Haifa – Israel Tour

Posted by on Nov 22, 2010 in Site of the Week - LDS Church History Tour | 0 comments

HAIFA Located on the Mediterranean Sea where Mt Carmel juts into the water forming a bay, Haifa is one of the most beautifully situated cities in the world.  From atop the mount, panoramic views of the Mediterranean Sea are similar to those of San Francisco.  Little existed here until 1933 when the British built a modern harbor which is now the main port of Israel.  The city now has the nation’s largest heavy industries.  Historically, Haifa was destroyed by Muslim conquerors in the seventh century, conquered by Crusaders in 1100, and destroyed in 1761 by Taher el Amar.  Today, Haifa is Israel’s ship-building center and third largest city.  There’s an Israeli saying: “Jerusalem prays, Tel Aviv plays, Haifa works.”  Thousands have come “home” to the promised land through the port of Haifa. For more Israel Sites – See our Israel Tour...

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Glimpse of the Past – LDS Church History Nov 18-24

Posted by on Nov 22, 2010 in Glimpse of the Past - LDS Church History | 0 comments

November 21, 1841 (Sunday) – Baptisms for the dead were commenced in the font in the basement of the Nauvoo Temple. November 19, 1849 (Monday) – Sanpete Valley was settled by a company, under the guidance of Isaac Morley, Seth Taft and Charles Shumway. They located near the present site of Manti. November 23, 1918 – Heber J. Grant became President of the Church. November 1997 – Church membership reached 10...

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Caesarea – Israel Tour, Site of the Week

Posted by on Nov 15, 2010 in Site of the Week - LDS Church History Tour | 0 comments

CAESAREA, Israel On the main road from Tyre to Egypt.  About 20 B.C., King Herod the Great built it into a magnificent city employing the best of the Roman architects.  A priority was the excellent deep water port with protective water breaks, etc.  He chose the name Caesarea to please his friend Augusts Caesar.  It was “the place to be” for Romans during the occupation of Israel.  The ocean moderated the harsh climate, good water was provided via an impressive Roman aqueduct, also built by Herod, as was a coliseum for gladiators and an hypodrome for chariot racing.  Caesarea was also the site of some of the most horrific crusader battles with the Muslims.  The moat and some ruins of what was once a huge Crusader fortress still remain. Paul the Apostle was a prisoner here for two years awaiting his right to go to Rome to be tried by Caesar for supposed crimes charged by the Jewish priests.  They would have tried and executed him in Jerusalem but Paul was a Roman citizen and was able to insist on being tried in Rome, thus saving his life.  Cornelius lived here too as did Phillip, one of the apostles. Caesarea’s incredible harbor was reportedly one of the most modern in its day, but the entire place had the misfortune of being built atop two geological fault lines.  An earthquake sank the entire structure some time before the 3rd century AD.  After centuries of being sacked by various invaders, Caesarea was left abandoned until the mid 1940s when archaeologists moved in and began digging.  The results are a magnificent collection of preserved ruins from both the Crusader and early Roman eras. For more Israel Sites – See our Israel Tour...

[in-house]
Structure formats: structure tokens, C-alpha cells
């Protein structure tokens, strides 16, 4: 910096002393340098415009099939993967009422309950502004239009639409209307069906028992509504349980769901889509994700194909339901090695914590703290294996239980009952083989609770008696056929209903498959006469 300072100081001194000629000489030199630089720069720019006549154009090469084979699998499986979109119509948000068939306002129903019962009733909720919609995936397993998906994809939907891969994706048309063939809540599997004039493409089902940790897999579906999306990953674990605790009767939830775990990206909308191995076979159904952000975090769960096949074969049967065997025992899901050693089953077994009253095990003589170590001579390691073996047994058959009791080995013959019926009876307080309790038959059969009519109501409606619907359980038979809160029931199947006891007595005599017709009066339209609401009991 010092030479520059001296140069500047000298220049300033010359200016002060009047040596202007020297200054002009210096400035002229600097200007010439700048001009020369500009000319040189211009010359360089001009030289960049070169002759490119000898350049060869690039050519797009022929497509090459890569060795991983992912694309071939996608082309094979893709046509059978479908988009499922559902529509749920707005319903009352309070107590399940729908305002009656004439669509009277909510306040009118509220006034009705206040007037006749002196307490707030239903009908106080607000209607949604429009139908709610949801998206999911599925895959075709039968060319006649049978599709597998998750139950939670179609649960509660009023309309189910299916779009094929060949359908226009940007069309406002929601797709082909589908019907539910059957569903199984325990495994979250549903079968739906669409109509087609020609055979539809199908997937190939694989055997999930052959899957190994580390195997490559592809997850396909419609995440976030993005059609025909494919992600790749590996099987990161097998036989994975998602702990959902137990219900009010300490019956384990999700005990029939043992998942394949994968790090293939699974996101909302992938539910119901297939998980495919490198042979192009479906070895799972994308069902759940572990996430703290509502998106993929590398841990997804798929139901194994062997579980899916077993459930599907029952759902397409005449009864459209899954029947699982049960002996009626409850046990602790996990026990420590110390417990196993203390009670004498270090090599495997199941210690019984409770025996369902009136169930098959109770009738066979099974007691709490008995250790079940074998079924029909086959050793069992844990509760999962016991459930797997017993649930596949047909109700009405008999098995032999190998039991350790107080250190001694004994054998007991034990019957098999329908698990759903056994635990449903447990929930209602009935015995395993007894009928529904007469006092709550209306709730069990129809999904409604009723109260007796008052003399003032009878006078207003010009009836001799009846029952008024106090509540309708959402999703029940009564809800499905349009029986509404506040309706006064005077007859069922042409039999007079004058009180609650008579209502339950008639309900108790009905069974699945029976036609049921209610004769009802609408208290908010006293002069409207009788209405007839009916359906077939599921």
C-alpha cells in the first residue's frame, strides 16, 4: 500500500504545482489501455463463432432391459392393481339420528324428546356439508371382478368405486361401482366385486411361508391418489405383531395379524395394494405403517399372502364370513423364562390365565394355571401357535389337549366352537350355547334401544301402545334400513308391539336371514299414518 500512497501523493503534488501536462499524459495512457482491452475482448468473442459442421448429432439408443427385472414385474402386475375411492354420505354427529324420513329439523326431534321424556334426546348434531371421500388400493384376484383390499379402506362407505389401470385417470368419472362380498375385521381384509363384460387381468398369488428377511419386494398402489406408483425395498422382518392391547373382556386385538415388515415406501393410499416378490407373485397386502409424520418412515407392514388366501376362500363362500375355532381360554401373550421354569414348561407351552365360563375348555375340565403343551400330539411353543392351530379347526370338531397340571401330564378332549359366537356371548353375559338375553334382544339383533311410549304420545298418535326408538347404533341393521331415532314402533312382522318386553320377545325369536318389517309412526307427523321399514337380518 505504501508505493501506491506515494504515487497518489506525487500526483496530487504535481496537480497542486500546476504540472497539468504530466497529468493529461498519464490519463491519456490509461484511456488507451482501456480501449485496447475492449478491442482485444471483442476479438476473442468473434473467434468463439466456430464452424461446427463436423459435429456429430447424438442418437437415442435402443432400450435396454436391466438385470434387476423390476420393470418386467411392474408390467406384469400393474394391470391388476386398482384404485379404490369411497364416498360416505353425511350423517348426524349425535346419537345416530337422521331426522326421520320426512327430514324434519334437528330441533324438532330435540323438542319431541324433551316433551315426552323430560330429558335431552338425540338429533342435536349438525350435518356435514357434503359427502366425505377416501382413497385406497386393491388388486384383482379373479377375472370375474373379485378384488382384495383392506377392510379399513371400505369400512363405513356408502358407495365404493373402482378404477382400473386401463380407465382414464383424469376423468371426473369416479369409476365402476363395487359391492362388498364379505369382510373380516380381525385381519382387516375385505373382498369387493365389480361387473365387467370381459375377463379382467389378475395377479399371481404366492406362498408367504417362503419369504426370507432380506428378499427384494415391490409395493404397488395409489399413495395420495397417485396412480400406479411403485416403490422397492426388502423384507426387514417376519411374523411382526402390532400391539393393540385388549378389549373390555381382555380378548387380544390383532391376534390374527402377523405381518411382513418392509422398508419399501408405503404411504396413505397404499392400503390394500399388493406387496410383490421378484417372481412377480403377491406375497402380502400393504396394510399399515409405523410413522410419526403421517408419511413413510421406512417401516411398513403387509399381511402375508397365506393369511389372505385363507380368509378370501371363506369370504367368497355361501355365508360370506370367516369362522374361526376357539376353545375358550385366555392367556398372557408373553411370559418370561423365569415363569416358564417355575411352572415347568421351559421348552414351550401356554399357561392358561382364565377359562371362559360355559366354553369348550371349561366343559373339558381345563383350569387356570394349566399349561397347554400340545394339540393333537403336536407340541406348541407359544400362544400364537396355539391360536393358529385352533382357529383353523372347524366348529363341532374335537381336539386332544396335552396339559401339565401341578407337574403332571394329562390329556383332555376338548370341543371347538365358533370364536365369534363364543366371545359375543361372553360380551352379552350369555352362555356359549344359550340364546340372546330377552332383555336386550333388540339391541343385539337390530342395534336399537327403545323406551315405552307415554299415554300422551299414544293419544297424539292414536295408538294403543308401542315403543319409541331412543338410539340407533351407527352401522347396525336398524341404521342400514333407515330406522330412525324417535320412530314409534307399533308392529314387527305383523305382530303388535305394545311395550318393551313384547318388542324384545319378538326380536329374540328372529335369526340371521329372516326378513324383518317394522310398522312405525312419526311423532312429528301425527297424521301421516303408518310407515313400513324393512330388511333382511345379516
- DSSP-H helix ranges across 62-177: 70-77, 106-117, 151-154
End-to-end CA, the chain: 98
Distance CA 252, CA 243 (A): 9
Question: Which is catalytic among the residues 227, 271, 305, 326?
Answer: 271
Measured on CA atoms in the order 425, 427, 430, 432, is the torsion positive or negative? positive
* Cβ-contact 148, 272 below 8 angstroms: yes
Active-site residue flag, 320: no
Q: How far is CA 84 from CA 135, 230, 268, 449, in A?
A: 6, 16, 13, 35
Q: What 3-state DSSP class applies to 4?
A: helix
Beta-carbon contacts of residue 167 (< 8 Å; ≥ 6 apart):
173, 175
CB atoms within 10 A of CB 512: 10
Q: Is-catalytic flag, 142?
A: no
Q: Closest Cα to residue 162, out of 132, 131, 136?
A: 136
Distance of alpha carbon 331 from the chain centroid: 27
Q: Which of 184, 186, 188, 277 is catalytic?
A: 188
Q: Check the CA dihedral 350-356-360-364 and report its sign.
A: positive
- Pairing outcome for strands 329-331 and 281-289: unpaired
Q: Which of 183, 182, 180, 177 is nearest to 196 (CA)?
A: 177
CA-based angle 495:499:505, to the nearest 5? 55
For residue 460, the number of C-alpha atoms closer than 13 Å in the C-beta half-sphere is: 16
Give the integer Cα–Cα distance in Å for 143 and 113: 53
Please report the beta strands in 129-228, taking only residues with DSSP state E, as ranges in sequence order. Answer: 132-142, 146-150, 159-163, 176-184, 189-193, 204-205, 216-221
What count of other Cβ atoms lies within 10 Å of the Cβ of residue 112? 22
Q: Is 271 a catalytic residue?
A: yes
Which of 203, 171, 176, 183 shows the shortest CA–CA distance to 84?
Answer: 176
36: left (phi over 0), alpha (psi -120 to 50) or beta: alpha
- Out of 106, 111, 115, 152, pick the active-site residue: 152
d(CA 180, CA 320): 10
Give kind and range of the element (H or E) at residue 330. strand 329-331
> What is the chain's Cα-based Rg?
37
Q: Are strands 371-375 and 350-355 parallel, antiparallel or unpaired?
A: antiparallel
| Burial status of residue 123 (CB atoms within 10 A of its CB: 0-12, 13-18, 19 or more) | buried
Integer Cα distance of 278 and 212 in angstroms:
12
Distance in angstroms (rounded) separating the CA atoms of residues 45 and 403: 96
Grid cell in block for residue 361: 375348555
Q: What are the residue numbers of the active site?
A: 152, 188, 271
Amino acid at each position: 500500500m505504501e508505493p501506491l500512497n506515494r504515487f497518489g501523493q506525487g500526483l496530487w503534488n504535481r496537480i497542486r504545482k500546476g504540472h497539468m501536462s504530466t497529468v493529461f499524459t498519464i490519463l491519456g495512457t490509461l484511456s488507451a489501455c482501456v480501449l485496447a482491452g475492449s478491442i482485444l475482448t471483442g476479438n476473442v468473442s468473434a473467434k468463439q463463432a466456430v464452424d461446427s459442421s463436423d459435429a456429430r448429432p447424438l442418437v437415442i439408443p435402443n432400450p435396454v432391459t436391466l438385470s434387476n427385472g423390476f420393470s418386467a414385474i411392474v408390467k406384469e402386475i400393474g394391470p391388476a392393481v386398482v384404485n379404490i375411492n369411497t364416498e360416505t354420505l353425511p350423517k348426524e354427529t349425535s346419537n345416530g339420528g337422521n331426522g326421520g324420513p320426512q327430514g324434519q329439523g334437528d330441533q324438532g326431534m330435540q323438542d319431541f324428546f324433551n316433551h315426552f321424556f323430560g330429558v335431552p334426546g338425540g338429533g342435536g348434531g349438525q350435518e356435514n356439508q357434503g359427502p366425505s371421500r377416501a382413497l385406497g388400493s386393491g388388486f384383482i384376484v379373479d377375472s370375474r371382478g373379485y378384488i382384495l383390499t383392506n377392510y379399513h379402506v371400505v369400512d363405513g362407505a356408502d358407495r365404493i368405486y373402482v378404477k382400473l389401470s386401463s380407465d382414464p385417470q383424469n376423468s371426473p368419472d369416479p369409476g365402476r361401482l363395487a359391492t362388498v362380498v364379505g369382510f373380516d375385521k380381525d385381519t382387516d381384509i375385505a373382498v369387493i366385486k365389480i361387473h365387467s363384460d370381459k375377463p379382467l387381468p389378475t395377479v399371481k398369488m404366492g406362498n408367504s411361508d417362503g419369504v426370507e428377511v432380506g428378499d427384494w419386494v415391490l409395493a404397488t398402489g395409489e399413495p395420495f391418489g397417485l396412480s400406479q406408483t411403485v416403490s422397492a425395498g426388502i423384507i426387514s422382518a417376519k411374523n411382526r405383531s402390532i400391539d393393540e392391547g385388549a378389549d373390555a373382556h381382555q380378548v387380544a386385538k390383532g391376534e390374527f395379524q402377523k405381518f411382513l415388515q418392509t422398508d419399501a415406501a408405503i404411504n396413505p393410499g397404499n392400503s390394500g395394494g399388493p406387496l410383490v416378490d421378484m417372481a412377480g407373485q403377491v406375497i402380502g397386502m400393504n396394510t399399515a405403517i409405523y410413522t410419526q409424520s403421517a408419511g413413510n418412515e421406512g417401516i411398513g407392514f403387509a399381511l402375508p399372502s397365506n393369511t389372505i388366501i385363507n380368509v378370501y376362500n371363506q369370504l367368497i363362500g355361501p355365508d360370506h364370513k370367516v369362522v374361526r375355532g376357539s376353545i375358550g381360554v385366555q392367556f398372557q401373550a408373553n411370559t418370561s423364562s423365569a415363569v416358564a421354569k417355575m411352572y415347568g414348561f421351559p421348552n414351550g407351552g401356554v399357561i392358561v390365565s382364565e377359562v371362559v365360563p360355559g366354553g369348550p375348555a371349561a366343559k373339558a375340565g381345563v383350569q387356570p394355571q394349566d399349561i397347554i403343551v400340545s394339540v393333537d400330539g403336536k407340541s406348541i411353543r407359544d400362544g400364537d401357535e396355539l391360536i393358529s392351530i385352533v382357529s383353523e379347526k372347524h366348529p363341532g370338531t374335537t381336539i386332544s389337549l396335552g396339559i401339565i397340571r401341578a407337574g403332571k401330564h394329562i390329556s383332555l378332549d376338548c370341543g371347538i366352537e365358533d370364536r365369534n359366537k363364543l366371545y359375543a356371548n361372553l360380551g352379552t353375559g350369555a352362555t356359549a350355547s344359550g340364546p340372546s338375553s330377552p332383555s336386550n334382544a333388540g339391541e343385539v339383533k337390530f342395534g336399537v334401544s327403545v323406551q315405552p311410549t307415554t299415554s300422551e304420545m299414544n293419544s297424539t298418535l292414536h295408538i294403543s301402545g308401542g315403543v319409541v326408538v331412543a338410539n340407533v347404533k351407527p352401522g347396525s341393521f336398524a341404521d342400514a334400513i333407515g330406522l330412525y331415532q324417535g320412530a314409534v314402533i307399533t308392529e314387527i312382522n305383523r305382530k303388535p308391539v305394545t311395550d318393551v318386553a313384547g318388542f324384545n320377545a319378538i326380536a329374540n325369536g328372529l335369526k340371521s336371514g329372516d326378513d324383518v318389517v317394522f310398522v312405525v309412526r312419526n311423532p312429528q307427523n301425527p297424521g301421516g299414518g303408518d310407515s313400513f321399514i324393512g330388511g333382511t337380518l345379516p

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Glimpse of the Past – LDS Church History Nov 11-17

Posted by on Nov 15, 2010 in Glimpse of the Past - LDS Church History | 0 comments

November 13, 1833 (Wednesday) – A grand meteoric shower or “falling of the stars” was witnessed throughout the land, which cheered the Saints and alarmed their enemies. November 14, 1842 Mayor Joseph Smith presided at a city council meeting where an “Ordinance regulating the proceeding on writs and habeas corpus” was approved giving the Courts of the City of Nauvoo the right to protect the citizens of Nauvoo from unlawful arrest by outside parties. November 11, 1851 (Tuesday) – The “University of the State of Deseret” was opened in G.S.L. City. November 11, 1854 (Saturday) – Professor Orson Pratt discovered “a new and easy method of solution of the cubic and biquadratic equations.” November 14, 1907 Howard W. Hunter, 14th President of the Church, is born in Boise,...

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Magdala – Israel Tour

Posted by on Nov 4, 2010 in Site of the Week - LDS Church History Tour | 0 comments

MAGDALA (Tower of Greatness) Located 4 miles north of Tiberias, Magdala was one of the sites which Josephus fortified when he was governor of Galilee – before his defection to the Romans.  When the city fell to Titus in the struggle of the Jews against the Romans, 6,700 Jews were killed; thousands of the strongest were sent to Nero to dig the Corinthian canal (which was not actually accomplished until the 19th century) and 30,400 were auctioned off as slaves. •    This was the home of Mary Magdalene (Luke 8:2; Mark 16:9) •    Jesus came here after feeding the 4,000 (Matt 15:39, Mark 8:10) •    The Pharisees and Sadducees sought a sign and Jesus told them of the sign of the prophet Jonas (Matt. 15:39-16:4, Mark 8:11-21) For more Israel Sites – See our Israel Tour...

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